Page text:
Government needs to reverse the trend in infrastructure investment argues ICAEW

In a letter to the new Chancellor, Phillip Hammond, ICAEW has urged Government to take action urgently and reverse the trend by increasing investment in public infrastructure. It also calls for new fiscal rules to support greater private investment.

In its paper ‘Funding UK Infrastructure’, ICAEW argues that for all the new initiatives announced by Government in recent years, public investment in economic infrastructure appears to be static or declining until the end of the decade, while attempts to encourage greater private investment have not been successful. It also reveals:

  • private finance initiative (PFI) contracts have been drying up, with only £0.7bn of projects reaching financial closure during 2014-15
  • although the Government announced that the total National Infrastructure Pipeline had increased from £411bn in 2015 to £425.6bn in 2016, the near term profile of investment grew by less than the overall growth in the economy, with investment in energy infrastructure declining
  • investment in social infrastructure – schools, hospitals and housing – is also static or declining, with claimed increases in social housing investment being offset by expected reductions in capital spending by housing associations

Vernon Soare, ICAEW Chief Operating Officer and Executive Director, said:

“In the past we have seen too much talk and not enough action on infrastructure. The combination of a new Chancellor, low interest rates and Brexit means that now is the time for decisions to be taken and investment to be made. Wavering on projects such as a new runway in the south east of England and a lack of public investment have meant that we are not getting the economic benefits that infrastructure can generate. If Government leads the way, private investment will follow.”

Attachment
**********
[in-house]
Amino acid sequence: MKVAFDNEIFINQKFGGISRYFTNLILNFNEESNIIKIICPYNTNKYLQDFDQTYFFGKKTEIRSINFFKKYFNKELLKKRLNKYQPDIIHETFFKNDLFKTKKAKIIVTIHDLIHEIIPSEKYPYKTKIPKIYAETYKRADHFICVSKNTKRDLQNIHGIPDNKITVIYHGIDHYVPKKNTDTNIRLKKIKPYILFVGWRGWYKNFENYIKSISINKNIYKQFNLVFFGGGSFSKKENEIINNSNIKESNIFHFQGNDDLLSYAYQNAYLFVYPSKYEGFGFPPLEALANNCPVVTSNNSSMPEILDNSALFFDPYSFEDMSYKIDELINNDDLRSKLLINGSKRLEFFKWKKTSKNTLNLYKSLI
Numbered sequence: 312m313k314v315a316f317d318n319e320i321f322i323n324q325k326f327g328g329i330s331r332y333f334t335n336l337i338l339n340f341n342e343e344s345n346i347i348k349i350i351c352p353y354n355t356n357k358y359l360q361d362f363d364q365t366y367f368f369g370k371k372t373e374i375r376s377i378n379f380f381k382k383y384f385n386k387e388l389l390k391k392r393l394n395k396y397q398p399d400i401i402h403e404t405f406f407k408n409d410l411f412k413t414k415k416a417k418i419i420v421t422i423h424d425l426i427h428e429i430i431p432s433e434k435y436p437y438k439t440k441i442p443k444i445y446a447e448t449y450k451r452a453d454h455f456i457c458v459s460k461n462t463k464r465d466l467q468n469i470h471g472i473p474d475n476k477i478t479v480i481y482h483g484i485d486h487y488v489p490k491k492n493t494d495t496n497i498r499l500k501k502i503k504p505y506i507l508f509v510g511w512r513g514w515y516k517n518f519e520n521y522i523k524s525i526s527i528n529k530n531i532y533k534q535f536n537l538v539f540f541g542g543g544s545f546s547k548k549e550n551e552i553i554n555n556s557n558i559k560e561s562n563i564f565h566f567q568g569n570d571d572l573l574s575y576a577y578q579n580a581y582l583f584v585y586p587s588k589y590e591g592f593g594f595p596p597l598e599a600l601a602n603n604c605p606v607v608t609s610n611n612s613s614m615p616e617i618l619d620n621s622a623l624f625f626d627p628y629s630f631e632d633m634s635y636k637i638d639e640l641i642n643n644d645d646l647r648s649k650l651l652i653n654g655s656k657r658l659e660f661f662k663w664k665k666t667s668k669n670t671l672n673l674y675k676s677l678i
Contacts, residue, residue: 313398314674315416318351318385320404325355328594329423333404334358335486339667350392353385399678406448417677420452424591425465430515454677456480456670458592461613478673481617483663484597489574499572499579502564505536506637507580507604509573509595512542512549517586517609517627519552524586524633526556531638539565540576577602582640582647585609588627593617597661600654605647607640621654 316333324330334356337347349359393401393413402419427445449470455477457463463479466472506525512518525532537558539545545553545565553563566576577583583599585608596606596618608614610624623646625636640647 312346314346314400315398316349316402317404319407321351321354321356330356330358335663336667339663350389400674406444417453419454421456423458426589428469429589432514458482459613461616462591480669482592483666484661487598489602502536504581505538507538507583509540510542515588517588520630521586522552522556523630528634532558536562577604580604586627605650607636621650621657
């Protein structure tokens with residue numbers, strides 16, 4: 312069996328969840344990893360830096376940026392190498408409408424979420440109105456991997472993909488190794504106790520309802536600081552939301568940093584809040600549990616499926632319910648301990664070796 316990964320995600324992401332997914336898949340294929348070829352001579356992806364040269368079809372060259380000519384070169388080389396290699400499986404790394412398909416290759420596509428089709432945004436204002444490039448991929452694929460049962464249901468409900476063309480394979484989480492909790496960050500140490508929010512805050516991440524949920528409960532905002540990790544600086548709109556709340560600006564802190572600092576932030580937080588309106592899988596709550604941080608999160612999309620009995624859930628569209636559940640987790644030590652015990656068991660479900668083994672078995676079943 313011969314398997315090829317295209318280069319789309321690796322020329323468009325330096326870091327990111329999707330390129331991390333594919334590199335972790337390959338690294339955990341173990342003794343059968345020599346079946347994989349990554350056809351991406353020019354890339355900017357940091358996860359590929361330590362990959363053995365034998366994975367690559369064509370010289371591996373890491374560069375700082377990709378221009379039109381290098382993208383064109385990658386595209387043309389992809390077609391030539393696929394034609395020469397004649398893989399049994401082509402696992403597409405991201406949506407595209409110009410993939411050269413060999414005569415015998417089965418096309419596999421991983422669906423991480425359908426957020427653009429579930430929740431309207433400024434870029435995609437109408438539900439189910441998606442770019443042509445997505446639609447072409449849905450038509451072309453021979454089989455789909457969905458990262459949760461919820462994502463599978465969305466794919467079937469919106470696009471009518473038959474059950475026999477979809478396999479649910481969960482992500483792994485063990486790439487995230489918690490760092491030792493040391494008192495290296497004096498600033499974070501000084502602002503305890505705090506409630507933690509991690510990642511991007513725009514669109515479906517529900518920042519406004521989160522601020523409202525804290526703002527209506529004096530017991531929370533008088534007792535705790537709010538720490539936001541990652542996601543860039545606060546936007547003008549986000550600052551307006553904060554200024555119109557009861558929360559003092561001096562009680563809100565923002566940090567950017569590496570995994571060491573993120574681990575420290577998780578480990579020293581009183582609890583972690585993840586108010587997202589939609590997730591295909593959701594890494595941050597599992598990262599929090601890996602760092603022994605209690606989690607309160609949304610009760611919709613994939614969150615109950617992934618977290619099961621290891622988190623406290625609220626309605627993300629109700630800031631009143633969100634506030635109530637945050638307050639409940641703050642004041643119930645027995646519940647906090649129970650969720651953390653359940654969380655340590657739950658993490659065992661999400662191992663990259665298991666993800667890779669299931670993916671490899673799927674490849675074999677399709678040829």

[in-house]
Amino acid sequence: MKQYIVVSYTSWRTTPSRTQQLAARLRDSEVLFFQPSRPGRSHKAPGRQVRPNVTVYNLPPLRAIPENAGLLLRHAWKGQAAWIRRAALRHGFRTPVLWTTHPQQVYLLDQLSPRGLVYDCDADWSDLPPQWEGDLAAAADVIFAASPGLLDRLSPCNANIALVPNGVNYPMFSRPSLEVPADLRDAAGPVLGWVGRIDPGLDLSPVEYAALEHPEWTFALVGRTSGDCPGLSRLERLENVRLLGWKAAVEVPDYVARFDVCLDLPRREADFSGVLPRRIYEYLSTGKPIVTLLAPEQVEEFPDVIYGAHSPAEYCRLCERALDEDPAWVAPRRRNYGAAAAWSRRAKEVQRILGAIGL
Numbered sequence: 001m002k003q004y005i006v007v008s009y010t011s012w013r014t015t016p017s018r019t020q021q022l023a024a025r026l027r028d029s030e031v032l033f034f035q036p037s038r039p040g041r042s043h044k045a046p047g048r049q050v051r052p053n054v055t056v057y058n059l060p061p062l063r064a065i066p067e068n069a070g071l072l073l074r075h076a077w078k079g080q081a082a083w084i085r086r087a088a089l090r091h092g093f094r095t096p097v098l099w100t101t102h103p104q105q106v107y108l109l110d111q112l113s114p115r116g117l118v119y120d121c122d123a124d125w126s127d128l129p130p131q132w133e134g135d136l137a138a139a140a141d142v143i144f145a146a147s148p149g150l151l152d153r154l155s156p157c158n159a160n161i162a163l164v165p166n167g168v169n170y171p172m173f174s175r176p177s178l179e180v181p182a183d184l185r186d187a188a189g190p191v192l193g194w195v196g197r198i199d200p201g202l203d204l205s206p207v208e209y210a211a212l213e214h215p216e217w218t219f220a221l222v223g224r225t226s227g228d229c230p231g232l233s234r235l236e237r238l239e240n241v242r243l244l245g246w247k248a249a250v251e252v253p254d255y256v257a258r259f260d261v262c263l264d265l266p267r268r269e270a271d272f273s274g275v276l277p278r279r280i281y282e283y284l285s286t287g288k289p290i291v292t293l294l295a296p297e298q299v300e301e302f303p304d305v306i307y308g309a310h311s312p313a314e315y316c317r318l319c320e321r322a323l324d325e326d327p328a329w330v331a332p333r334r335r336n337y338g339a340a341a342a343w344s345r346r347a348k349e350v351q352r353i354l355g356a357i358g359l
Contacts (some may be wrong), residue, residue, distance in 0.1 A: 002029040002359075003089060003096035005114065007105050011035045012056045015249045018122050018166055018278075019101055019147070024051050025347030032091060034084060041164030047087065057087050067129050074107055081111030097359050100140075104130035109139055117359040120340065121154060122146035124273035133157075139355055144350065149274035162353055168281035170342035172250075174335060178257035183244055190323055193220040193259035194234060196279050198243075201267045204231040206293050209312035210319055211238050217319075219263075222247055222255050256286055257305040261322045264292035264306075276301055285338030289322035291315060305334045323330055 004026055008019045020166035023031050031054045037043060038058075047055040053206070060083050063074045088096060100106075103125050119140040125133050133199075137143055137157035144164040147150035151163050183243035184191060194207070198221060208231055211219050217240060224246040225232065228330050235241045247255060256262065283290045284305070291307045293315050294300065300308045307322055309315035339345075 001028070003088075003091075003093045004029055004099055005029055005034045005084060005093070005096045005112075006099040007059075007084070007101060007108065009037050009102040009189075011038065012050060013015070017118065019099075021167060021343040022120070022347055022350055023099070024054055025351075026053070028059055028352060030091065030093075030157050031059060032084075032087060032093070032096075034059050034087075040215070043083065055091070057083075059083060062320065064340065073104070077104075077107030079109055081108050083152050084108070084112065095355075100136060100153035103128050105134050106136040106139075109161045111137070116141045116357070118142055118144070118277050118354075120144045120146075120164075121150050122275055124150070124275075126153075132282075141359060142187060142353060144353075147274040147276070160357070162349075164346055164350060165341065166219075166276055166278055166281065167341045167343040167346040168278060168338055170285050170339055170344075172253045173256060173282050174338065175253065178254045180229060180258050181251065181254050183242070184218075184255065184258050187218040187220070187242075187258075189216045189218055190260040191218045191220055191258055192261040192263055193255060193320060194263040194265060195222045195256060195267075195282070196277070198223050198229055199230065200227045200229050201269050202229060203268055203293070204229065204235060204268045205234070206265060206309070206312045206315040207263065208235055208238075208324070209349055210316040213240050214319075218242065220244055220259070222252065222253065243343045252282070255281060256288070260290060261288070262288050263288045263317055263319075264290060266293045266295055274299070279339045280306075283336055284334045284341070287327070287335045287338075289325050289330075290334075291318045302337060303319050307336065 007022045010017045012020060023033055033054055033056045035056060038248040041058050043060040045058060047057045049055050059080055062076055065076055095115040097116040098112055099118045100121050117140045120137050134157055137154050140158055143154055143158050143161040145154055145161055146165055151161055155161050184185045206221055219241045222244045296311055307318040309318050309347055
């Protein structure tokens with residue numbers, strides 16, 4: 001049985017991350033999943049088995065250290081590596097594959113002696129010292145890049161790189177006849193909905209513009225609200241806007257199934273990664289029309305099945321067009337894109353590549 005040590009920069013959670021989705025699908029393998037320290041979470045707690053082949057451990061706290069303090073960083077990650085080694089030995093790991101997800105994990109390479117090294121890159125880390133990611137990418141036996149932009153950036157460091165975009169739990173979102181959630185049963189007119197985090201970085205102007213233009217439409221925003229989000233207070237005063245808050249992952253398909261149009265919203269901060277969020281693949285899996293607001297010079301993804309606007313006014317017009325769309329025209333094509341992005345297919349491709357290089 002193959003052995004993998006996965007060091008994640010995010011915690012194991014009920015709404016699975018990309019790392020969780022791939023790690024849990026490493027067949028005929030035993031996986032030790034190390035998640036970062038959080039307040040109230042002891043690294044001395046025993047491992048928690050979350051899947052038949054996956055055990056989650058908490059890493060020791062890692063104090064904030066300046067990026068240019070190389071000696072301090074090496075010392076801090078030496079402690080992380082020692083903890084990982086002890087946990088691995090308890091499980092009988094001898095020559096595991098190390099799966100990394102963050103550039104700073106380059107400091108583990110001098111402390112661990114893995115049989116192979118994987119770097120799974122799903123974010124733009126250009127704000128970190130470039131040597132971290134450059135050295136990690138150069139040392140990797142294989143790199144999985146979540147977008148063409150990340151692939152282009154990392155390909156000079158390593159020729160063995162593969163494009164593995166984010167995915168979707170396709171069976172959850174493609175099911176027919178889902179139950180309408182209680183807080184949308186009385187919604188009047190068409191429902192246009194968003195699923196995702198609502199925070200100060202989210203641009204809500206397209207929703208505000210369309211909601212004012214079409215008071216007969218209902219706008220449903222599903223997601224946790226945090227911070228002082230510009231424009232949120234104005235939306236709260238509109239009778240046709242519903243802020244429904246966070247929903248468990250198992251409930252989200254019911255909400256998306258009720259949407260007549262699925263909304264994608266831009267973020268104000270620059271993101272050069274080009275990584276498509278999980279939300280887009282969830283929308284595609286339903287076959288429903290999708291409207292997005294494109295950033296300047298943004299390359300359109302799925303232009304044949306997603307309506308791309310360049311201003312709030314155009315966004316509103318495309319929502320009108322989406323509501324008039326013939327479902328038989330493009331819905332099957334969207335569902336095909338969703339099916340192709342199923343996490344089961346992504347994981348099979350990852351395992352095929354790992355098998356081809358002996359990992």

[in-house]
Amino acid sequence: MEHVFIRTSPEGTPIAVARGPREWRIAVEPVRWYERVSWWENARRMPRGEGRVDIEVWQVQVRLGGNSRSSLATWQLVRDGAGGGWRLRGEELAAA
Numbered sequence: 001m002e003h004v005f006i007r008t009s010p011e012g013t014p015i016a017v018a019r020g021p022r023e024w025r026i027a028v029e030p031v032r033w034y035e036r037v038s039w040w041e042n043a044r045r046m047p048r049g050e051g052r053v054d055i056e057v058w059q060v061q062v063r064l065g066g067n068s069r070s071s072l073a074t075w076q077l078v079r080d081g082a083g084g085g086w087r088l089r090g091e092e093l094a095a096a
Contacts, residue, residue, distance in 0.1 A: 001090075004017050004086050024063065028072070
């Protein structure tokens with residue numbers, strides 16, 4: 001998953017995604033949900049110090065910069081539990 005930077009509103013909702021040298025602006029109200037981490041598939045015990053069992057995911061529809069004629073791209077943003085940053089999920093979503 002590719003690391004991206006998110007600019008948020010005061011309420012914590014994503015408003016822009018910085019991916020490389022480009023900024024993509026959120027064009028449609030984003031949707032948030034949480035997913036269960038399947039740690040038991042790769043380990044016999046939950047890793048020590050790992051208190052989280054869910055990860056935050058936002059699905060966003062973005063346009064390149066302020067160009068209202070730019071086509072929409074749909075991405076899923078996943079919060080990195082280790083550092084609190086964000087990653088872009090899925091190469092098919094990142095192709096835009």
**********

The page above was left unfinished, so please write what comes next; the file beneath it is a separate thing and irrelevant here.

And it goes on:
The new Chancellor has already made the decision to change fiscal rules to permit borrowing to fund investment. However, priority now needs to be given to infrastructure investments that provide a positive return to the taxpayer and so pay for themselves, while PFI contracts need to be brought back onto the balance sheet so that they no longer bypass fiscal targets and can be properly evaluated based on whether they provide value for money to the taxpayer.

Vernon Soare adds: “With cost cutting and austerity only getting the UK so far, it is now necessary to generate revenue growth. That will require more investment in key infrastructure projects and spades in the ground. There is now the potential to use borrowing to fund an immediate increase in infrastructure investment.”

Click here to see the full report.

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